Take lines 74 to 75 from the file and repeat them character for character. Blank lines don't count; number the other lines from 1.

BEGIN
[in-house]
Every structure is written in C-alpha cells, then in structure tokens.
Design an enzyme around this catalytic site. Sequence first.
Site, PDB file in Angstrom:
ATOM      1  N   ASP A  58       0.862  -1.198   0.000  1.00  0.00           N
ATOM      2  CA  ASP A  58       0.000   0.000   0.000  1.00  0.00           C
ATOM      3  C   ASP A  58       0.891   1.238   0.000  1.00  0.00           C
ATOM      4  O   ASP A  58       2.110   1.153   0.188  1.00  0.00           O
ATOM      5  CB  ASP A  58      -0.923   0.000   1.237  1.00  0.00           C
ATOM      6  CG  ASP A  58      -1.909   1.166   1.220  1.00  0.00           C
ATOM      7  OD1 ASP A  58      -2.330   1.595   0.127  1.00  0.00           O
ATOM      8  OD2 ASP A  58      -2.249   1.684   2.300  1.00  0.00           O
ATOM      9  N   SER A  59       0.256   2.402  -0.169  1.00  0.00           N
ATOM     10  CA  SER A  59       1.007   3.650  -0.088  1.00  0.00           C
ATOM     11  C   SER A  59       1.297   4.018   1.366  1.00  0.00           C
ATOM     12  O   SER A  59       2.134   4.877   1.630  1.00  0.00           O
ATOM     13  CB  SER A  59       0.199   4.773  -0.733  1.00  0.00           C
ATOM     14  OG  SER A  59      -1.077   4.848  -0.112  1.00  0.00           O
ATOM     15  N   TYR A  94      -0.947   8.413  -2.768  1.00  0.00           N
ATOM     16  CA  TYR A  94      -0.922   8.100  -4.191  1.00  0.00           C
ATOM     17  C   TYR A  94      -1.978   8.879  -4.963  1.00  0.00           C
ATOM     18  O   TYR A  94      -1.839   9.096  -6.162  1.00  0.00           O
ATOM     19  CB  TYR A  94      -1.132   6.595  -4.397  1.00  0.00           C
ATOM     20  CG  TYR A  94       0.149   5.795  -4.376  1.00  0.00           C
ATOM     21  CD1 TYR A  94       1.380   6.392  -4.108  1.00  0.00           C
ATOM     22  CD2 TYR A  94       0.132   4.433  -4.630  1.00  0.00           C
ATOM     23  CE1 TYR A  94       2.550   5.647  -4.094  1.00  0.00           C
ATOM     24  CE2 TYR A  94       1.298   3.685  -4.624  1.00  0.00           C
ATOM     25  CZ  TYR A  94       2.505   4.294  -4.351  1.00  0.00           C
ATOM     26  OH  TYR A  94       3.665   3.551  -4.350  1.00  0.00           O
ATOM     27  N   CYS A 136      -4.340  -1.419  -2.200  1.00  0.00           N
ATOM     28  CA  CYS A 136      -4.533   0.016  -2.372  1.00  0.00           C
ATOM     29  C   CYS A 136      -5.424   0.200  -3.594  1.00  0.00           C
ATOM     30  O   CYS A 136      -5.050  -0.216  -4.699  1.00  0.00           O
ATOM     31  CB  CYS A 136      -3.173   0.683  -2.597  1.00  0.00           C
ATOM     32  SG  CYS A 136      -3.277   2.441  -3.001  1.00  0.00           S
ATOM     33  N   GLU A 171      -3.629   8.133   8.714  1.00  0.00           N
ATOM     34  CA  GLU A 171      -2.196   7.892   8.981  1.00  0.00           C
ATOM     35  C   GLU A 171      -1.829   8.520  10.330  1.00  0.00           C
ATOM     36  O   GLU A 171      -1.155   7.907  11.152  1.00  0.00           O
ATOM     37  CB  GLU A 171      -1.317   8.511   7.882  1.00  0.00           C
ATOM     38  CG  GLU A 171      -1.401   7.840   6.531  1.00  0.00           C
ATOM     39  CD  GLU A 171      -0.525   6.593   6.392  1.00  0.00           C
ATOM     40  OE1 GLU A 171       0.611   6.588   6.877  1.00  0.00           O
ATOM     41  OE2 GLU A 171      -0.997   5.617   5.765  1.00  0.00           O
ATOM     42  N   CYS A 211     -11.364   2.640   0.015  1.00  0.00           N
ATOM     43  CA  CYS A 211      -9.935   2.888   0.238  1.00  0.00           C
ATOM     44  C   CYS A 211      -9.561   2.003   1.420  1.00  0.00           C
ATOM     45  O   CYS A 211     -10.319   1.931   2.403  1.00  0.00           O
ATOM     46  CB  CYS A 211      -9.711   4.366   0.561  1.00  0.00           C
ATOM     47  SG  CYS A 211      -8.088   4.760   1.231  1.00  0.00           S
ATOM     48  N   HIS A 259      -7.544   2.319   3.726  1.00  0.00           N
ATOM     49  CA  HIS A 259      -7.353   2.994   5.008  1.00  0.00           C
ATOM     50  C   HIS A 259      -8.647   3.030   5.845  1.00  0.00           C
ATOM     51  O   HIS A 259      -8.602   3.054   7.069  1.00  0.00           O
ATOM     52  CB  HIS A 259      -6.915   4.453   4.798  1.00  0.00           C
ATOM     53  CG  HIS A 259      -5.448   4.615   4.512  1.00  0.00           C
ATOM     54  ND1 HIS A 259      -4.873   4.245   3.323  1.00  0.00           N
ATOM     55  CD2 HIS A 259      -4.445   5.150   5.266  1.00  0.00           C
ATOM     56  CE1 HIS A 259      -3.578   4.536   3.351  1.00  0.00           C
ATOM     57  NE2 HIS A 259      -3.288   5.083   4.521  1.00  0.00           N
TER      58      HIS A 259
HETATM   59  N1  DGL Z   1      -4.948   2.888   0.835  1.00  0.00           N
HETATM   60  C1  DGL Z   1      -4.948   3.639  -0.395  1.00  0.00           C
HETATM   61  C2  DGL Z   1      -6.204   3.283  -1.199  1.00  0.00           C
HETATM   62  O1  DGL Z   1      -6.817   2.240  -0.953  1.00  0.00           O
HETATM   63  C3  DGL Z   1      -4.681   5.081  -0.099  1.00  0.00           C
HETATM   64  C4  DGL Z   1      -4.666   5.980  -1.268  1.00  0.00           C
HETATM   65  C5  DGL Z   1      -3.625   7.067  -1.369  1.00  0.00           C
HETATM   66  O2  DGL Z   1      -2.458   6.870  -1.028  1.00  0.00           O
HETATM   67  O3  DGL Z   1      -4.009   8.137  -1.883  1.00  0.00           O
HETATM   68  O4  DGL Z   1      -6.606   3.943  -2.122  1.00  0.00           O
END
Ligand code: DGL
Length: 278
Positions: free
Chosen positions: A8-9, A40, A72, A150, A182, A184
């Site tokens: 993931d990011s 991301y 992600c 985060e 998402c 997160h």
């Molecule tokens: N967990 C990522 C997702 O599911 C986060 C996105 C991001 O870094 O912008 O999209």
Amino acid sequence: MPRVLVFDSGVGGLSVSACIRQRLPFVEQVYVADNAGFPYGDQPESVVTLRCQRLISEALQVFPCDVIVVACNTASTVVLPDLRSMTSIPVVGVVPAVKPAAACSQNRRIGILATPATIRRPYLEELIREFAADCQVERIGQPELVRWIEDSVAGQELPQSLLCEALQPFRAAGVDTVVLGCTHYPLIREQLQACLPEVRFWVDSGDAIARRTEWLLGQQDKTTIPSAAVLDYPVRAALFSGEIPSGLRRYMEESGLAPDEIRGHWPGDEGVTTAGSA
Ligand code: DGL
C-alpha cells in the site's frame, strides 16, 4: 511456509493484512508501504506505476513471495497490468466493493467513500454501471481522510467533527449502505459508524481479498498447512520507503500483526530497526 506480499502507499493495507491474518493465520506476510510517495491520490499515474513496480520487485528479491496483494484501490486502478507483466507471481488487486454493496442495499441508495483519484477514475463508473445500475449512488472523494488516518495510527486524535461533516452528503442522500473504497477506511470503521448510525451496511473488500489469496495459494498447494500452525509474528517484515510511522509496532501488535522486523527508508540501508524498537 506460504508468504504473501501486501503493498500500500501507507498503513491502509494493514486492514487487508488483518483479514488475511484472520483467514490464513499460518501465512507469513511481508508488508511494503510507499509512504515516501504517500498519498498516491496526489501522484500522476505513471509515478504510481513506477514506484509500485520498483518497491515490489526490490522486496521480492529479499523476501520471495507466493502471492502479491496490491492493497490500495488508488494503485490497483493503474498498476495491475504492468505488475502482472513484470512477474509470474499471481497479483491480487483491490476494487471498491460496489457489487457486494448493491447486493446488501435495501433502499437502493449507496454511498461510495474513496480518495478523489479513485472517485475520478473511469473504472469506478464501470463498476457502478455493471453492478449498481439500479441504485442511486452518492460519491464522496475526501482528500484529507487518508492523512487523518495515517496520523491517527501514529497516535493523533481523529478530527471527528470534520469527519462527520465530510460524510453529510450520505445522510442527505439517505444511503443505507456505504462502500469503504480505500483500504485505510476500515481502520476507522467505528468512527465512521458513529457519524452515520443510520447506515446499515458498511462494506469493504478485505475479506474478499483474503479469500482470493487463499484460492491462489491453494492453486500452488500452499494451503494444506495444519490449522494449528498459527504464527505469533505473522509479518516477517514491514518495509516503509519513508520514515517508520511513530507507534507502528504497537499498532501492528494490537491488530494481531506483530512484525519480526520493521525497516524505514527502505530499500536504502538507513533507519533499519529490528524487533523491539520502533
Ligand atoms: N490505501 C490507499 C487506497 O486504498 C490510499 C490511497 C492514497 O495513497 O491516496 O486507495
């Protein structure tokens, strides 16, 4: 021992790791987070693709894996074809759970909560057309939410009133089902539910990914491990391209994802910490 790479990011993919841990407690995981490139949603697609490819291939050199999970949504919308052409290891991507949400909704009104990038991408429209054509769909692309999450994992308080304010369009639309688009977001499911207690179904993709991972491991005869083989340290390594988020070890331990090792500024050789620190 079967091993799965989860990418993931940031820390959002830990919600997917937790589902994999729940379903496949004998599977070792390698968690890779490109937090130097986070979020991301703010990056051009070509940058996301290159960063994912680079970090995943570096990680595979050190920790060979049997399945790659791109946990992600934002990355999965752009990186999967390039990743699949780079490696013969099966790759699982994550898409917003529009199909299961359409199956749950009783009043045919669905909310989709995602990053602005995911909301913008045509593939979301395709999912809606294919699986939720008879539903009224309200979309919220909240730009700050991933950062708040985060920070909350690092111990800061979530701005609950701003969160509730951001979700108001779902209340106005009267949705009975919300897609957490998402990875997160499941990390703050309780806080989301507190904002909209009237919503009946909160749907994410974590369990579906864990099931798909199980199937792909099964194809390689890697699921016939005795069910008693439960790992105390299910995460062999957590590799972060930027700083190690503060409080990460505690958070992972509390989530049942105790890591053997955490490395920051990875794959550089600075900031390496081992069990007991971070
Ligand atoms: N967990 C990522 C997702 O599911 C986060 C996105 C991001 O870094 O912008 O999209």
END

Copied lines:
Ligand code: DGL
Length: 278